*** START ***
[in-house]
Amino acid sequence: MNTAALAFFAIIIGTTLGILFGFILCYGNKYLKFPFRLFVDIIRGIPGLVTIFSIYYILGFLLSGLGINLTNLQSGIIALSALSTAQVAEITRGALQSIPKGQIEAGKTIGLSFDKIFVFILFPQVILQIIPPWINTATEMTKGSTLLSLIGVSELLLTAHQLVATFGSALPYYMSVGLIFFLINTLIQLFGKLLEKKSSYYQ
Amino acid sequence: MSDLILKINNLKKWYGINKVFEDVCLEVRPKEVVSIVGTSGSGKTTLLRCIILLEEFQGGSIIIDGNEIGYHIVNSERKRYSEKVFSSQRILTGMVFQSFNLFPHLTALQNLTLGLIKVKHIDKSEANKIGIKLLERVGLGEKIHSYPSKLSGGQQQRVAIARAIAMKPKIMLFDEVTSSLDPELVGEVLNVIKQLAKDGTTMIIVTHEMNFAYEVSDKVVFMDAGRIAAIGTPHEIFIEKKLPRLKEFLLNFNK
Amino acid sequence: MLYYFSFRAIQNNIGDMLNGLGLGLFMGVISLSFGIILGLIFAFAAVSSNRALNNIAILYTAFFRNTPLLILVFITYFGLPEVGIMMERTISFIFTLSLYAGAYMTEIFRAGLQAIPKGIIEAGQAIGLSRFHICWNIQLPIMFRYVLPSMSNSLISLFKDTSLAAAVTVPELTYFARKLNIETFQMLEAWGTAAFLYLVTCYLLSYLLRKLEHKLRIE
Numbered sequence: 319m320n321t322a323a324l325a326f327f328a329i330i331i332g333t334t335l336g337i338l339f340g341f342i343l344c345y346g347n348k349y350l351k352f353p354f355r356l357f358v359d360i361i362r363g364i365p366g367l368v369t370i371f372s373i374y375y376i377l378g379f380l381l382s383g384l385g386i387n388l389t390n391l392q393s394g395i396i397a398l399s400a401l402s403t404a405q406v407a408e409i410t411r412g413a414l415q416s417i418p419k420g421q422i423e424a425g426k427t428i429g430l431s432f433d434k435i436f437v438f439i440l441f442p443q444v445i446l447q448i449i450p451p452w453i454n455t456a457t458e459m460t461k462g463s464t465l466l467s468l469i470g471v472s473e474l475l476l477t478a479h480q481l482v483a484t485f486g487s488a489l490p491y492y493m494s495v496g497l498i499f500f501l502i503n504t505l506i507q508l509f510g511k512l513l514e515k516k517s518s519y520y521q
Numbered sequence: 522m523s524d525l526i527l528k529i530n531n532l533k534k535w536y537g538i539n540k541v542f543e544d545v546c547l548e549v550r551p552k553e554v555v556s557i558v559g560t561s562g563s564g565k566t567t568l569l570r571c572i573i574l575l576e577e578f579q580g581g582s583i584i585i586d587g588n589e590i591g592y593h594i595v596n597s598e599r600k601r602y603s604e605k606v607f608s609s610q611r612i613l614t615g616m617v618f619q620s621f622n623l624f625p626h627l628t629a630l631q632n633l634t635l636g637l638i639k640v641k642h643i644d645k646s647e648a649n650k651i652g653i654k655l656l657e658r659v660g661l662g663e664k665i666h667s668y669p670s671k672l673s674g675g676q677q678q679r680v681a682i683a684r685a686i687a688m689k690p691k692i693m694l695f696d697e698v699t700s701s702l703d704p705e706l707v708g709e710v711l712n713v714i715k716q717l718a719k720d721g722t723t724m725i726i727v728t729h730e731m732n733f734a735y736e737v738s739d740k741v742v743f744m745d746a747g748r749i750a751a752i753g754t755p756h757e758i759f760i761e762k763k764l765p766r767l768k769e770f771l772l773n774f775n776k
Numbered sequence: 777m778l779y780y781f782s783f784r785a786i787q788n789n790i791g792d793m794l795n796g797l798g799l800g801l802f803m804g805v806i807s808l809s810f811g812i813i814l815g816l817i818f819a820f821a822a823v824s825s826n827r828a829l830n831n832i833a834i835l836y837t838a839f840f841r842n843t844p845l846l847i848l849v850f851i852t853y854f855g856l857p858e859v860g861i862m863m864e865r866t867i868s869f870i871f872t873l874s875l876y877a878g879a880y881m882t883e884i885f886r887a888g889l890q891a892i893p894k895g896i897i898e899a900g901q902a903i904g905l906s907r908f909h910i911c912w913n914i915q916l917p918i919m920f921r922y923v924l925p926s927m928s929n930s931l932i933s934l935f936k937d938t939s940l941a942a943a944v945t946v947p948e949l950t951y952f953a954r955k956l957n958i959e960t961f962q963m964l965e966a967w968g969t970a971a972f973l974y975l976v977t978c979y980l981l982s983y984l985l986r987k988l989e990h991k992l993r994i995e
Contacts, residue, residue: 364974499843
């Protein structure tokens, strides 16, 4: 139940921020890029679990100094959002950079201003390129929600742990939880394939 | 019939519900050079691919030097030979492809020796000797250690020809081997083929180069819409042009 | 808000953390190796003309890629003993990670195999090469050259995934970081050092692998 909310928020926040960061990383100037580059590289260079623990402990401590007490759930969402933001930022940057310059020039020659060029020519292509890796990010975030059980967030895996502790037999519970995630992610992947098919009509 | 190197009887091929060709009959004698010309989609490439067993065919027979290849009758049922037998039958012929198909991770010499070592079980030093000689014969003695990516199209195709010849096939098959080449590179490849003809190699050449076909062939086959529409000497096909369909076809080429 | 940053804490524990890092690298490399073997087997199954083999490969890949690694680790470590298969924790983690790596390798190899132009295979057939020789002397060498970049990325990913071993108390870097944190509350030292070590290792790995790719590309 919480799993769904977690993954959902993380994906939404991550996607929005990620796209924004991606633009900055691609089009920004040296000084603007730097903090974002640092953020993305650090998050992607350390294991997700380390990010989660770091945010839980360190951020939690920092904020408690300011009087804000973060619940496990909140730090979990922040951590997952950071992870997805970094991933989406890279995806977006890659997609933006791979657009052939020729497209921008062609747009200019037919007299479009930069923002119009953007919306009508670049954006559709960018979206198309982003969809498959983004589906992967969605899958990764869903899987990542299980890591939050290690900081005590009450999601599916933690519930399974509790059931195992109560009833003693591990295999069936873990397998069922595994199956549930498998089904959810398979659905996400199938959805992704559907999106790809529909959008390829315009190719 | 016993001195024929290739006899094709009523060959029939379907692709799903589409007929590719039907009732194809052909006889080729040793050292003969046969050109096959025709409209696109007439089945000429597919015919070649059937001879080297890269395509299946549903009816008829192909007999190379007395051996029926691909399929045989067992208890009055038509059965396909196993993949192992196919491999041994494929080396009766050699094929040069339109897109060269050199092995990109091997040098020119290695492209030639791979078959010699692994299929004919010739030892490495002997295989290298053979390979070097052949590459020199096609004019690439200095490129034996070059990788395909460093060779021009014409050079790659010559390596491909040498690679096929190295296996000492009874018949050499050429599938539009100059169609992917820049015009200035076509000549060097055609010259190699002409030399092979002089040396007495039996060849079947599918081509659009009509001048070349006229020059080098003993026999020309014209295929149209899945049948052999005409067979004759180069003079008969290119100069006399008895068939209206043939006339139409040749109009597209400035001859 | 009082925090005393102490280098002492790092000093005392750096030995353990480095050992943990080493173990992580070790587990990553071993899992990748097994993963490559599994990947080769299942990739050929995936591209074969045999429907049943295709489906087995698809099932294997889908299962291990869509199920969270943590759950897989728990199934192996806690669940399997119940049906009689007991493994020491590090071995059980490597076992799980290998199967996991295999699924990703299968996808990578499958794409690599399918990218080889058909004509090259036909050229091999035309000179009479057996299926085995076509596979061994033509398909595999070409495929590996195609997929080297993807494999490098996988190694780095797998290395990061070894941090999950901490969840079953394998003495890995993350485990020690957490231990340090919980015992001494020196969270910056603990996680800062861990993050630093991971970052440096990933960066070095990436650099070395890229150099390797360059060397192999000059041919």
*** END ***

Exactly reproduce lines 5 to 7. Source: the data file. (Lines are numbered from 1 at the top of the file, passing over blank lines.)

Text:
Numbered sequence: 319m320n321t322a323a324l325a326f327f328a329i330i331i332g333t334t335l336g337i338l339f340g341f342i343l344c345y346g347n348k349y350l351k352f353p354f355r356l357f358v359d360i361i362r363g364i365p366g367l368v369t370i371f372s373i374y375y376i377l378g379f380l381l382s383g384l385g386i387n388l389t390n391l392q393s394g395i396i397a398l399s400a401l402s403t404a405q406v407a408e409i410t411r412g413a414l415q416s417i418p419k420g421q422i423e424a425g426k427t428i429g430l431s432f433d434k435i436f437v438f439i440l441f442p443q444v445i446l447q448i449i450p451p452w453i454n455t456a457t458e459m460t461k462g463s464t465l466l467s468l469i470g471v472s473e474l475l476l477t478a479h480q481l482v483a484t485f486g487s488a489l490p491y492y493m494s495v496g497l498i499f500f501l502i503n504t505l506i507q508l509f510g511k512l513l514e515k516k517s518s519y520y521q
Numbered sequence: 522m523s524d525l526i527l528k529i530n531n532l533k534k535w536y537g538i539n540k541v542f543e544d545v546c547l548e549v550r551p552k553e554v555v556s557i558v559g560t561s562g563s564g565k566t567t568l569l570r571c572i573i574l575l576e577e578f579q580g581g582s583i584i585i586d587g588n589e590i591g592y593h594i595v596n597s598e599r600k601r602y603s604e605k606v607f608s609s610q611r612i613l614t615g616m617v618f619q620s621f622n623l624f625p626h627l628t629a630l631q632n633l634t635l636g637l638i639k640v641k642h643i644d645k646s647e648a649n650k651i652g653i654k655l656l657e658r659v660g661l662g663e664k665i666h667s668y669p670s671k672l673s674g675g676q677q678q679r680v681a682i683a684r685a686i687a688m689k690p691k692i693m694l695f696d697e698v699t700s701s702l703d704p705e706l707v708g709e710v711l712n713v714i715k716q717l718a719k720d721g722t723t724m725i726i727v728t729h730e731m732n733f734a735y736e737v738s739d740k741v742v743f744m745d746a747g748r749i750a751a752i753g754t755p756h757e758i759f760i761e762k763k764l765p766r767l768k769e770f771l772l773n774f775n776k
Numbered sequence: 777m778l779y780y781f782s783f784r785a786i787q788n789n790i791g792d793m794l795n796g797l798g799l800g801l802f803m804g805v806i807s808l809s810f811g812i813i814l815g816l817i818f819a820f821a822a823v824s825s826n827r828a829l830n831n832i833a834i835l836y837t838a839f840f841r842n843t844p845l846l847i848l849v850f851i852t853y854f855g856l857p858e859v860g861i862m863m864e865r866t867i868s869f870i871f872t873l874s875l876y877a878g879a880y881m882t883e884i885f886r887a888g889l890q891a892i893p894k895g896i897i898e899a900g901q902a903i904g905l906s907r908f909h910i911c912w913n914i915q916l917p918i919m920f921r922y923v924l925p926s927m928s929n930s931l932i933s934l935f936k937d938t939s940l941a942a943a944v945t946v947p948e949l950t951y952f953a954r955k956l957n958i959e960t961f962q963m964l965e966a967w968g969t970a971a972f973l974y975l976v977t978c979y980l981l982s983y984l985l986r987k988l989e990h991k992l993r994i995e